Ferruginous duck

From Wikipedia, the free encyclopedia
  (Redirected from Ferruginous Duck)
Jump to: navigation, search
Ferruginous duck
Aythya nyroca at Martin Mere 1.jpg
Male
Ferruginous Pochard female RWD.jpg
Female
Scientific classification
Kingdom: Animalia
Phylum: Chordata
Class: Aves
Order: Anseriformes
Family: Anatidae
Subfamily: Aythyinae
Genus: Aythya
Species: A. nyroca
Binomial name
Aythya nyroca
(Güldenstädt, 1770)

The ferruginous duck, also ferruginous pochard (Aythya nyroca) is a medium-sized diving duck from Eurasia. The scientific name is derived from Greek aithuia an unidentified seabird mentioned by authors including Hesychius and Aristotle, and nyrok, the Russian name for a duck.[2]

Their breeding habitat is marshes and lakes with a metre or more water depth. These ducks breed in southern and eastern Europe and southern and western Asia. They are somewhat migratory, and winter farther south and into north Africa.

The adult male is a rich chestnut colour with a darker back and a yellow eye. The pure white undertail helps to distinguish this species from the somewhat similar tufted duck. The female is similar but duller, and with a dark eye.

These are gregarious birds, forming large flocks in winter, often mixed with other diving ducks, such as tufted ducks and common pochards. Hybrids between this species and the common pochard are sometimes referred to as "Paget's pochard".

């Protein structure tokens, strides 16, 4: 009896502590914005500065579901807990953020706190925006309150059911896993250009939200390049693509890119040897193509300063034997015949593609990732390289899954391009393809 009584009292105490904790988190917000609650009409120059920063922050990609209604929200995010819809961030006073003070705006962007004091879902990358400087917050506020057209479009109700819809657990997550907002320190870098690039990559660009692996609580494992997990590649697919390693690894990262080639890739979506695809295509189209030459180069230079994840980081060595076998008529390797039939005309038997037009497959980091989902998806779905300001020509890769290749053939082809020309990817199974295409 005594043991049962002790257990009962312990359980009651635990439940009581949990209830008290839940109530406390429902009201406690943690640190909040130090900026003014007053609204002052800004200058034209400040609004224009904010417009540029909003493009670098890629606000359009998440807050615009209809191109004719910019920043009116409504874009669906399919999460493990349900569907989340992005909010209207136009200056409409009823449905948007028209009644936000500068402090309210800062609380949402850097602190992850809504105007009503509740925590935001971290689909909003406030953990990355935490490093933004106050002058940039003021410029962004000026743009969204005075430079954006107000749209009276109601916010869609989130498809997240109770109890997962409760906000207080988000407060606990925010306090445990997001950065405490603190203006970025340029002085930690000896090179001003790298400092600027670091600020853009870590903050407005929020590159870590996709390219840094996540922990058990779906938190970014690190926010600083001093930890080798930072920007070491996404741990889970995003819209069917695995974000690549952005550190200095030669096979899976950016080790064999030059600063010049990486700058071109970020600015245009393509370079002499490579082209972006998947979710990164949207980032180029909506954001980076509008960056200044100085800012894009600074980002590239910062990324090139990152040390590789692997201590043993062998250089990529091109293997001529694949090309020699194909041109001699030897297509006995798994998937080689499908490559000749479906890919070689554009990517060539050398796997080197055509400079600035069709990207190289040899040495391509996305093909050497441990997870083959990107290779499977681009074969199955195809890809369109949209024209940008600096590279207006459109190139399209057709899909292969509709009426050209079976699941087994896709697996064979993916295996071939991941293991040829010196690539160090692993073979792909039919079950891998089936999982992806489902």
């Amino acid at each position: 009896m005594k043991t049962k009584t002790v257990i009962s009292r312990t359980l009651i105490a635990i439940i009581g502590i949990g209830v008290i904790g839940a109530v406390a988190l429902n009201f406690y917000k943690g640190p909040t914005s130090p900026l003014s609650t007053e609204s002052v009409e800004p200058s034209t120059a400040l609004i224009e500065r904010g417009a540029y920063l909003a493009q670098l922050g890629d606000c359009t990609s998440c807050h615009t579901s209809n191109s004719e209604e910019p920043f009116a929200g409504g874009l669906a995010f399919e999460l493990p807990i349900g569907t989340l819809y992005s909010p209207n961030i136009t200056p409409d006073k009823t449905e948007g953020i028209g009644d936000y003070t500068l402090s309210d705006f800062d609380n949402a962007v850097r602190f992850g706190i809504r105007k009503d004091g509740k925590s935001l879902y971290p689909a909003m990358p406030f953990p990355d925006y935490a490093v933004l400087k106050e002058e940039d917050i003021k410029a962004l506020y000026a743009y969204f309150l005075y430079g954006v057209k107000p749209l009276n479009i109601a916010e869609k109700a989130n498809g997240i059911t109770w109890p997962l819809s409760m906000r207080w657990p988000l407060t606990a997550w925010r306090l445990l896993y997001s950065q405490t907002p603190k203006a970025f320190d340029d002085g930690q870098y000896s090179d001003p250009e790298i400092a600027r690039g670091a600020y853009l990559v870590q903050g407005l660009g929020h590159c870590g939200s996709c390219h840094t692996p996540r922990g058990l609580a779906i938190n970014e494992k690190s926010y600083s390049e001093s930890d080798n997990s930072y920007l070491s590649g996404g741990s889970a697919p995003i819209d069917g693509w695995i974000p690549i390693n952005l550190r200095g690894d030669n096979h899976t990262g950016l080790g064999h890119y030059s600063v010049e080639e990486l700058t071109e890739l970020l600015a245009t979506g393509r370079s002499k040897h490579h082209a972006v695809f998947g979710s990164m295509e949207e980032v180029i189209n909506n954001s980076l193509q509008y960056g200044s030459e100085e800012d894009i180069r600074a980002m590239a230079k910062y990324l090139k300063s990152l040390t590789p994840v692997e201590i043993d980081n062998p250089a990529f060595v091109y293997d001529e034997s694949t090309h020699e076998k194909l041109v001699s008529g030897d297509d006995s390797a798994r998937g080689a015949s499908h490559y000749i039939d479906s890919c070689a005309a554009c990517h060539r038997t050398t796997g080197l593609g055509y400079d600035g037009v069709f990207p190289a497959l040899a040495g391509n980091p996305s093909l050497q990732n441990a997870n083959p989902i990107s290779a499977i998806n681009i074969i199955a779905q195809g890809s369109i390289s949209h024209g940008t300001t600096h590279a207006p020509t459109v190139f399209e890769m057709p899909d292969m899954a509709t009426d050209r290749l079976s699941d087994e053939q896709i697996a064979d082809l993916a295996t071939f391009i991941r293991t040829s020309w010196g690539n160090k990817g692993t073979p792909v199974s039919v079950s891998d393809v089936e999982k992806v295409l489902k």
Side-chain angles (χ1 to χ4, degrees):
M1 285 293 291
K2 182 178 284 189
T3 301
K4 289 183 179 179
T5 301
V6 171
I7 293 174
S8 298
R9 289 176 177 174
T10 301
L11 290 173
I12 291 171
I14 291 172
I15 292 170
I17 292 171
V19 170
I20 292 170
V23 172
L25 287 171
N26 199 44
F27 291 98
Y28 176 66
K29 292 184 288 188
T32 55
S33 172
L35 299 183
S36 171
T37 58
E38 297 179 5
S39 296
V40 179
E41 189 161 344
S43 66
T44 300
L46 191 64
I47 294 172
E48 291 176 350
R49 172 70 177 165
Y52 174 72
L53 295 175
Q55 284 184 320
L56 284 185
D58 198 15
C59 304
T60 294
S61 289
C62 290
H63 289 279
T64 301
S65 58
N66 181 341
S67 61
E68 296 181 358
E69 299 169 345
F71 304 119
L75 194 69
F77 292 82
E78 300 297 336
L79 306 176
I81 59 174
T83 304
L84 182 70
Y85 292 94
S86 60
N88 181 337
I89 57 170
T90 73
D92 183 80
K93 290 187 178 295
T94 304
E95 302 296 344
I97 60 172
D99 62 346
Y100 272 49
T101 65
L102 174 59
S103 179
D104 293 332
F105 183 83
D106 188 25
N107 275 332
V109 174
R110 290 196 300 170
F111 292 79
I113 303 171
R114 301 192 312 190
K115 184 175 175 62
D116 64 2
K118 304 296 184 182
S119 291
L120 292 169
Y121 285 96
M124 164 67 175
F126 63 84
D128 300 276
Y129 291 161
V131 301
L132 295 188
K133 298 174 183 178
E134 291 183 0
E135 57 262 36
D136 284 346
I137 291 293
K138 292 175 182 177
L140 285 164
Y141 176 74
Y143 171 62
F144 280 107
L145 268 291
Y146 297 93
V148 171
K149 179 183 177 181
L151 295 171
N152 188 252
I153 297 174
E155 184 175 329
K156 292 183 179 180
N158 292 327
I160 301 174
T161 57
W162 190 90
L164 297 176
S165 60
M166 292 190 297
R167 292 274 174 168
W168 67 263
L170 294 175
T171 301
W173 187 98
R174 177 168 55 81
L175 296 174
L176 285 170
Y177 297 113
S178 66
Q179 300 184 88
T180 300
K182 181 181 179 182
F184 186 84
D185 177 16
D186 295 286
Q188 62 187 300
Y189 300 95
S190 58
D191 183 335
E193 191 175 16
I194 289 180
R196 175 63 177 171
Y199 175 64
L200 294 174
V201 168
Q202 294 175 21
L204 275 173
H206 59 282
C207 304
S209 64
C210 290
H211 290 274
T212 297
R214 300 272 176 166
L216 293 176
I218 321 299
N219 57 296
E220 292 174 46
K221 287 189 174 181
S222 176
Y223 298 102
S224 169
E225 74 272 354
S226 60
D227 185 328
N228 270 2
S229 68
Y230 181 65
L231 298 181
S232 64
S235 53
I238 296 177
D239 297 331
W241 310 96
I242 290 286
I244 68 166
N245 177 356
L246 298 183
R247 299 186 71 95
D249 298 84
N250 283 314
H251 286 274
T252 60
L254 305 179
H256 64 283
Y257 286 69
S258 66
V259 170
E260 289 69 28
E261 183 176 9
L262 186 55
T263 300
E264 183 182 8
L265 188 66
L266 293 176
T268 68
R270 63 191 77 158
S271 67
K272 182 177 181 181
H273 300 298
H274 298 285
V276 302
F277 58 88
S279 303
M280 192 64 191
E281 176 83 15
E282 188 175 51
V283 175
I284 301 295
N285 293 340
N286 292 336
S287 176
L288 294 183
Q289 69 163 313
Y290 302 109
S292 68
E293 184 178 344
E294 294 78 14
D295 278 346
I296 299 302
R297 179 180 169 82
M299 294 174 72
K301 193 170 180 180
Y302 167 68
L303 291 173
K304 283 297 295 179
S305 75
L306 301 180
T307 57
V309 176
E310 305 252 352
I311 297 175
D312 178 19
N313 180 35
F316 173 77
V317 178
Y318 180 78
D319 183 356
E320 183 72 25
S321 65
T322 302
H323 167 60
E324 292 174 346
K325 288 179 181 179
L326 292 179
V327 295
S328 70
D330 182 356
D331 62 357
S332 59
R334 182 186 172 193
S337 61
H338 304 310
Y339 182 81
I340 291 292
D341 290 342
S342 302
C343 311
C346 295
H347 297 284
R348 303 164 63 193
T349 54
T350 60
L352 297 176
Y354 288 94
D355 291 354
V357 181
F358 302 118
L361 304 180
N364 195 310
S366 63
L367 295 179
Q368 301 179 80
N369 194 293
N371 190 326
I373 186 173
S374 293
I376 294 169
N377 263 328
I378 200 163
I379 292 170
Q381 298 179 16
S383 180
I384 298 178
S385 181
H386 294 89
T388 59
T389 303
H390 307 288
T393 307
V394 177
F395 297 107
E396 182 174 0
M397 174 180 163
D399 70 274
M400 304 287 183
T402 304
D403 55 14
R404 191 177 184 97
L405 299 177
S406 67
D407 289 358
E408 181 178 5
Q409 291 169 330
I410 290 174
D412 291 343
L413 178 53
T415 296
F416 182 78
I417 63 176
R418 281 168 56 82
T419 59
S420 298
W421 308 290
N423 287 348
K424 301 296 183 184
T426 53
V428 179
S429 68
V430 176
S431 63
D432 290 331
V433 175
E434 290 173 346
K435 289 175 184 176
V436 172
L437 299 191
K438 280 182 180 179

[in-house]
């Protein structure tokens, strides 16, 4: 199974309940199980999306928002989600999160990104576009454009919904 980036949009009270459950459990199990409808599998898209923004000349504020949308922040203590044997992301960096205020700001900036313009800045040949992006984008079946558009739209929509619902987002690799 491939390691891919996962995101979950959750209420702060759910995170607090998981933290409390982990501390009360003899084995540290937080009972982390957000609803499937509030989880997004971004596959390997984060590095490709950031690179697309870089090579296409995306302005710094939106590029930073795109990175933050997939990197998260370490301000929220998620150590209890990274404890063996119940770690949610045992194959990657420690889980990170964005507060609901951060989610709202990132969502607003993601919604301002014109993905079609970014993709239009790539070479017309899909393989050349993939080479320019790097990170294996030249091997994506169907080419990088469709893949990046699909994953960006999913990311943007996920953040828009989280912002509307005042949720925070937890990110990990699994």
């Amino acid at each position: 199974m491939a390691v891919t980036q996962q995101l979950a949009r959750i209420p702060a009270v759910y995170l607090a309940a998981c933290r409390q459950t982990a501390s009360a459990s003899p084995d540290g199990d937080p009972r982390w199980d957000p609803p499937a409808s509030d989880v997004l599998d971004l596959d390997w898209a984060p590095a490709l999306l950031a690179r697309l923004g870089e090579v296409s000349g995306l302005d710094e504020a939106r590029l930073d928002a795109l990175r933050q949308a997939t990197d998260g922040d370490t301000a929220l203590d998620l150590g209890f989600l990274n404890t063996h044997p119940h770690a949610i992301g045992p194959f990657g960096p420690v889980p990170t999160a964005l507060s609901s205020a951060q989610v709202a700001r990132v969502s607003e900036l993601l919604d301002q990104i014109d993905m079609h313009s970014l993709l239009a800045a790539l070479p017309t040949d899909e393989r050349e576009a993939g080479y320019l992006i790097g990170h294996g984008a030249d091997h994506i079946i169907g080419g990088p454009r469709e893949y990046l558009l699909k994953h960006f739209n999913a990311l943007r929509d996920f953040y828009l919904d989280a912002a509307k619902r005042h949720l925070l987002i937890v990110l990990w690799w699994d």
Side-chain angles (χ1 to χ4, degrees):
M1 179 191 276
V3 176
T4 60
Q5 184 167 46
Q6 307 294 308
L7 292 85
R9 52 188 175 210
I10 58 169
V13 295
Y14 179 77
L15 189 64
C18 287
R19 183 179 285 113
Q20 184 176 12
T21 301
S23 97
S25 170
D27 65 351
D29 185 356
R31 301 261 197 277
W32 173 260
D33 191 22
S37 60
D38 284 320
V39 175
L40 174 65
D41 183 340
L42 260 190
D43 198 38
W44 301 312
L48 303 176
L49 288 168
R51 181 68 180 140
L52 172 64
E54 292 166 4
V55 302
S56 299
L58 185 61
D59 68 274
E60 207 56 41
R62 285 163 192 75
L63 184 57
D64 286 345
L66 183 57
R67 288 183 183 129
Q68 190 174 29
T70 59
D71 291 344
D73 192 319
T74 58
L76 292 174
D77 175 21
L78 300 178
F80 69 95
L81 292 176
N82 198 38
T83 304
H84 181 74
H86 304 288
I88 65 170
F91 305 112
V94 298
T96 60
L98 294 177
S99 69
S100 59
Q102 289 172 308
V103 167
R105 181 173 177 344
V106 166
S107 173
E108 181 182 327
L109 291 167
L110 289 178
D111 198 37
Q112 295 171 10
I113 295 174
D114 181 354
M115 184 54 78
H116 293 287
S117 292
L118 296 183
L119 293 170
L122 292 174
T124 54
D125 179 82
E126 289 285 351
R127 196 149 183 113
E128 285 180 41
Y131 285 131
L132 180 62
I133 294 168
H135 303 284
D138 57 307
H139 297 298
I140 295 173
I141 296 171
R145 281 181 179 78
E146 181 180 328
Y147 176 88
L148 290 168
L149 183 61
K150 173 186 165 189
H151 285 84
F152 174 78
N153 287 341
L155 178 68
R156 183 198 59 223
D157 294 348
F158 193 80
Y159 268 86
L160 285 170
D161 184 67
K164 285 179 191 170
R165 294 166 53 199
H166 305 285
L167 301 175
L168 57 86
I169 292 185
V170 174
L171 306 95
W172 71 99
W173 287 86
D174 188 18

These birds feed mainly by diving or dabbling. They eat aquatic plants with some molluscs, aquatic insects and small fish. They often feed at night, and will upend (dabble) for food as well as the more characteristic diving.

It is one of the species to which the Agreement on the Conservation of African-Eurasian Migratory Waterbirds (AEWA) applies.

Gallery[edit]

References[edit]

  1. ^ BirdLife International (2012). "Aythya nyroca". IUCN Red List of Threatened Species. Version 2013.2. International Union for Conservation of Nature. Retrieved 26 November 2013. 
  2. ^ Jobling, James A (2010). The Helm Dictionary of Scientific Bird Names. London: Christopher Helm. pp. 64, 277. ISBN 978-1-4081-2501-4. 

Further reading[edit]

External links[edit]